Warner always puts together good extras for their animated works and this is no exception. First, we get a seventeen-minute piece with a look at the project with both Japanese and American creative, including the comic side. The Made in Japan part focuses far more on the Japanese creative side but has a good balance that digs into how they approached it and what they loved being able to put in. And for those that didn’t get to hit the NYCC event last year, they’ve got the 50-minute panel for the film that was done which is just a whole lot of fun to take in with a mix of creative involved.
Content: (please note that content portions of a review may contain spoilers)
Anime and superheroes, and Japan, go back a long way as there’s always been dabblings here and there. Both of the Big Two comics publishers have various anime related projects over the years, though it’s often hit or miss in them coming out over here in dual language form and without much in the way of alterations. Batman Ninja, an awkward title from the moment it was announced, is the latest feature film for Warner Bros. for the DC Entertainment brand and it went big in Japan with a theatrical release in the works for a month after the US debut. The project is one that plays a familiar idea, heroes outside of their familiar time and place, but with a strong creative such as Junpei Mizusaki directing it and Takashi Okazaki handling the character designs. As related in the extras, Okazaki was surprised how much of his designs were adapted so faithfully for the animation and it shows. It’s just stunning in its creativity, breathing some freshness into it (while still sticking to some unfortunate things as well, such as the last scene).
The premise is straightforward enough as in the present day we have Batman trying to stop Gorilla Grodd from some sort of plan that he’s got in motion in Arkham Asylum. His intent, we learn a bit later, was to take many of the problematic villains in Arkham and fling them to the ends of time in different directions so that they’d stop being such a hassle. Unfortunately, the time quake engine has a little interference and everyone is thrown back in time to feudal Japan. The gimmick is that when Batman wakes up there, everyone else has already been there for two years. That means some catch up for him but it mostly just allows everyone else to have settled in and established themselves.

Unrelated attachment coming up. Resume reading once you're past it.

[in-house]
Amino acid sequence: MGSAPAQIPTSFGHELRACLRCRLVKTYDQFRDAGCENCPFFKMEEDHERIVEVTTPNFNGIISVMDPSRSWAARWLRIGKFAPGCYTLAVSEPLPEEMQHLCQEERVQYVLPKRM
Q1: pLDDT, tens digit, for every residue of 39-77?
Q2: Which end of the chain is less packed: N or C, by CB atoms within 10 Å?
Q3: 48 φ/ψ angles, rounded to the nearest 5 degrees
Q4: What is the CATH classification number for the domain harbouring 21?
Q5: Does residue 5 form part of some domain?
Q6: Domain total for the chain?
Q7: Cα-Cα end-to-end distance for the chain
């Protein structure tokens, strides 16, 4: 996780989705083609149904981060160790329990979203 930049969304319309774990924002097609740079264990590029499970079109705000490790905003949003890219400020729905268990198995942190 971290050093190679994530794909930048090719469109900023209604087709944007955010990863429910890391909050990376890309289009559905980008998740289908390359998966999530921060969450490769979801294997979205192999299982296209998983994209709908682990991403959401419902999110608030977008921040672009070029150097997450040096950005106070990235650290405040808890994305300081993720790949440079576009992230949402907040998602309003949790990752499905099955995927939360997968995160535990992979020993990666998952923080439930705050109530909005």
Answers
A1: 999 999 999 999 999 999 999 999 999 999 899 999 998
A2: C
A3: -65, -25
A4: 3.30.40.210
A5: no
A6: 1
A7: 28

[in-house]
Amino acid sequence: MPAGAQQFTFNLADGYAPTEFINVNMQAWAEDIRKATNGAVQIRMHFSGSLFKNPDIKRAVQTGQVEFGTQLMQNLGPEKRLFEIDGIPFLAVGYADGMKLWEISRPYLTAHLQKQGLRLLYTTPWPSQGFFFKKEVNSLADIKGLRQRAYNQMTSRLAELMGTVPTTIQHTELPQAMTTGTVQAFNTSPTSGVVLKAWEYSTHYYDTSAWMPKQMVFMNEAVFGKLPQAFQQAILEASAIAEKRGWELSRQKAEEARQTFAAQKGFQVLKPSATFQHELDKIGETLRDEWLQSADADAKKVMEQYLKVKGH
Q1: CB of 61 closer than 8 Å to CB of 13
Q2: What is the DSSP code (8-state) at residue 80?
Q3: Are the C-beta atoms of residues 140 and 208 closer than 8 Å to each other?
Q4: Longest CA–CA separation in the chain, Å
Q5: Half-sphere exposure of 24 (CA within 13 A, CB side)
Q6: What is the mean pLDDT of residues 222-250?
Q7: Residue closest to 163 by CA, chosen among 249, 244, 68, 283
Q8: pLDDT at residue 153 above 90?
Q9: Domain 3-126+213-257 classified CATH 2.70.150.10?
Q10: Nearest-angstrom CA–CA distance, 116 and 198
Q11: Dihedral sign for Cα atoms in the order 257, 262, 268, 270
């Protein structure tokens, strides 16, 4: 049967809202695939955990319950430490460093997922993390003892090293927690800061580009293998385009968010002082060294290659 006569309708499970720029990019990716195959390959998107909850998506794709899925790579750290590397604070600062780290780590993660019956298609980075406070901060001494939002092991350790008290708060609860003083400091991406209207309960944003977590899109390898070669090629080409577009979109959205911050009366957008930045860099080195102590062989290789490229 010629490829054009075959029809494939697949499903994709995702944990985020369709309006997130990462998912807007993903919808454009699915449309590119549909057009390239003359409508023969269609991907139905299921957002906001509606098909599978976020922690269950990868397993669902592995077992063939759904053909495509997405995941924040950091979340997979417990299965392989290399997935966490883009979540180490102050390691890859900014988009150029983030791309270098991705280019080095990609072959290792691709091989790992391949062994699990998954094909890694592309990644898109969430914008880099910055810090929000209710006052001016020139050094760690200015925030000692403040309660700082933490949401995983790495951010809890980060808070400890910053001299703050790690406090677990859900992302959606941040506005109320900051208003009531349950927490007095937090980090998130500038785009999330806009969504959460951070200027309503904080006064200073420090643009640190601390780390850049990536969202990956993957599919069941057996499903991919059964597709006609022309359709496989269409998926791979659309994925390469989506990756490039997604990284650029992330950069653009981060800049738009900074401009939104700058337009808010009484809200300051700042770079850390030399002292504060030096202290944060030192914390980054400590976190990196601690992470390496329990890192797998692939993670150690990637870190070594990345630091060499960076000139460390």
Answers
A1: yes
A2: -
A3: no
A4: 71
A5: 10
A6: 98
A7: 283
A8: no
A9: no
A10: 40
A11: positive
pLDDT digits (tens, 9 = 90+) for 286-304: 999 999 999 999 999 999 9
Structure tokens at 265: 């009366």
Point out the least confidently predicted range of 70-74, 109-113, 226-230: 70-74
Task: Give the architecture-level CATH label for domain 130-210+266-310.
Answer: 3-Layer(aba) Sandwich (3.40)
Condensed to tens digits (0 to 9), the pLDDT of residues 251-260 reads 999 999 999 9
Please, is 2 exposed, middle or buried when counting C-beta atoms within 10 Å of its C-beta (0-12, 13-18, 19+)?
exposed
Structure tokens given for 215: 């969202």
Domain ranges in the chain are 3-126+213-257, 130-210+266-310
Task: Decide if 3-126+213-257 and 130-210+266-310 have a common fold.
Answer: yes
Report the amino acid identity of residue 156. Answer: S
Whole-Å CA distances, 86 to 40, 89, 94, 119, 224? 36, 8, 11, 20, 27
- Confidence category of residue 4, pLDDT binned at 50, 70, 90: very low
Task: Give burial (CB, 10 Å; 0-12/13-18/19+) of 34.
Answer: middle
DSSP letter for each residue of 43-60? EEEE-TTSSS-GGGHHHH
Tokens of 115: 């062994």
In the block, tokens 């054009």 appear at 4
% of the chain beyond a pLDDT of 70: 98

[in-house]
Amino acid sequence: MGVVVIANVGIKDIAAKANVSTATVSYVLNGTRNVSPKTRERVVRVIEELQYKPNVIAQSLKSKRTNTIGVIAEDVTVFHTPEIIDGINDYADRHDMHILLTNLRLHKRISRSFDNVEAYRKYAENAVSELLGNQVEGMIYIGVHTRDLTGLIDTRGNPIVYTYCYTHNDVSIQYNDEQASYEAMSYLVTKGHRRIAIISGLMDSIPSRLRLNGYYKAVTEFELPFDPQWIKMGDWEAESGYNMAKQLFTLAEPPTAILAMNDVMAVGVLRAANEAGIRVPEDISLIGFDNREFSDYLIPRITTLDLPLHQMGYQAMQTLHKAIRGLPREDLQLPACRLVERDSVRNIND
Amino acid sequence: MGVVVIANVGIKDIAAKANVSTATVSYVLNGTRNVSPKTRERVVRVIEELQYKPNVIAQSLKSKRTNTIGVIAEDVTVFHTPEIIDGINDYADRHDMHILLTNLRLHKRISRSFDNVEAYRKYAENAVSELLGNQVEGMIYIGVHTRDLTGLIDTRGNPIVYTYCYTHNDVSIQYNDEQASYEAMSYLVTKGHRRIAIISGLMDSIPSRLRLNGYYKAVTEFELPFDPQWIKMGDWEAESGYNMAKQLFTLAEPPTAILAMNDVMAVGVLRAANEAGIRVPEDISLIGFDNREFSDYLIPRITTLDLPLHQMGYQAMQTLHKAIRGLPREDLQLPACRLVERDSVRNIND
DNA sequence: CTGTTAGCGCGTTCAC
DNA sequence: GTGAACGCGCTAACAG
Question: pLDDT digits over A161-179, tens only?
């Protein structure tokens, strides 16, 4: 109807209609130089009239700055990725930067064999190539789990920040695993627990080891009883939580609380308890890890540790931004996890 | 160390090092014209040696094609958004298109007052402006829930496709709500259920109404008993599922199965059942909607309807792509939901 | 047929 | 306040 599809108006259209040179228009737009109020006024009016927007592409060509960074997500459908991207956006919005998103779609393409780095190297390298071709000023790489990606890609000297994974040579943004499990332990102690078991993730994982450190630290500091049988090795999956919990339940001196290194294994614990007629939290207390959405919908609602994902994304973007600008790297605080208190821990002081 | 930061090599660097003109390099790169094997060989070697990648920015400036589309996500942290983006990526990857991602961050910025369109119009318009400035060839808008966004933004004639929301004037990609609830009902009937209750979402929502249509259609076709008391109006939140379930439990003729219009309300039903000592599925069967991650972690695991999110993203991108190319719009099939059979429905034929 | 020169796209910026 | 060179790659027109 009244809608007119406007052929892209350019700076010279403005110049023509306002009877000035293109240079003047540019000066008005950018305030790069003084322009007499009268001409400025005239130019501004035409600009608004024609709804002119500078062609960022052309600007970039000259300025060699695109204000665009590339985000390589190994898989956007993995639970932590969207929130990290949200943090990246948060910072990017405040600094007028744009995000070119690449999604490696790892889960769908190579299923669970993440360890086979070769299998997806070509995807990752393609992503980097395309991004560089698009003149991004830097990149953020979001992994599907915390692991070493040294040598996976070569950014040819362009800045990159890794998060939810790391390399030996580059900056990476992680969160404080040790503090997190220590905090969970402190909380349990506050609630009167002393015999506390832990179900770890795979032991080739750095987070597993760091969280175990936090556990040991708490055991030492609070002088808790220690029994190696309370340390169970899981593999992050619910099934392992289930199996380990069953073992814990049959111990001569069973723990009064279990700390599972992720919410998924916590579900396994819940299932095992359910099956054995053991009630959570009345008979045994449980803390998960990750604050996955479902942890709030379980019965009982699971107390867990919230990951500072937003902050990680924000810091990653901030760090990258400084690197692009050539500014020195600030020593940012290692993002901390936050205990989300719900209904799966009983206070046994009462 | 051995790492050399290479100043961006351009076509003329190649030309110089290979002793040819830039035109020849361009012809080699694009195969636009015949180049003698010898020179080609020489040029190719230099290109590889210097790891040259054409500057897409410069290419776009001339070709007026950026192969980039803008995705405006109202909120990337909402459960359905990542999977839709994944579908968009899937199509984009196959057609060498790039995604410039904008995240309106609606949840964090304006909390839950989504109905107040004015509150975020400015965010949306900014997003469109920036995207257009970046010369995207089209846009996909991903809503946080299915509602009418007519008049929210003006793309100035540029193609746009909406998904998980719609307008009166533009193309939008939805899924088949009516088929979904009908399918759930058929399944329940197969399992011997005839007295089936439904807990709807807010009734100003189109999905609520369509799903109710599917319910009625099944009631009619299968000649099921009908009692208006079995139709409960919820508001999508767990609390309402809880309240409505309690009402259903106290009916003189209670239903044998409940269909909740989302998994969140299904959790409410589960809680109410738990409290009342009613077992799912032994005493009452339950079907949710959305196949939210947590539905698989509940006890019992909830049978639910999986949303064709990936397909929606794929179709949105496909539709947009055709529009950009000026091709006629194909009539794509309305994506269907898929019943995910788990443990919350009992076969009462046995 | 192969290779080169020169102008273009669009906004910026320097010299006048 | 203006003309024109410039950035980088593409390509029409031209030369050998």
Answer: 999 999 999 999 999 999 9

That provides for some fun as the various villains have taken over various prefectures for themselves and rule them in their own way, with Joker and Harley together while Penguin, Deathstroke, and Two-Face have their own areas as well. Grodd, amusingly, is just hanging out in the hot springs with the monkeys there enjoying the simplicity of life in this time period. For Batman, who doesn’t de-mask until the end of the film, he spends his time quickly getting up to speed and adapting to the era instead of the usual “I’m so confused and uncertain” material we see in other films. Here, he’s the established detective that handles situational changes easily and that makes a huge difference in the flow. Partially because they just want to get to the action sequences as he starts figuring out how it happened, how it can be fixed, and making sure that everyone goes back to where they should be.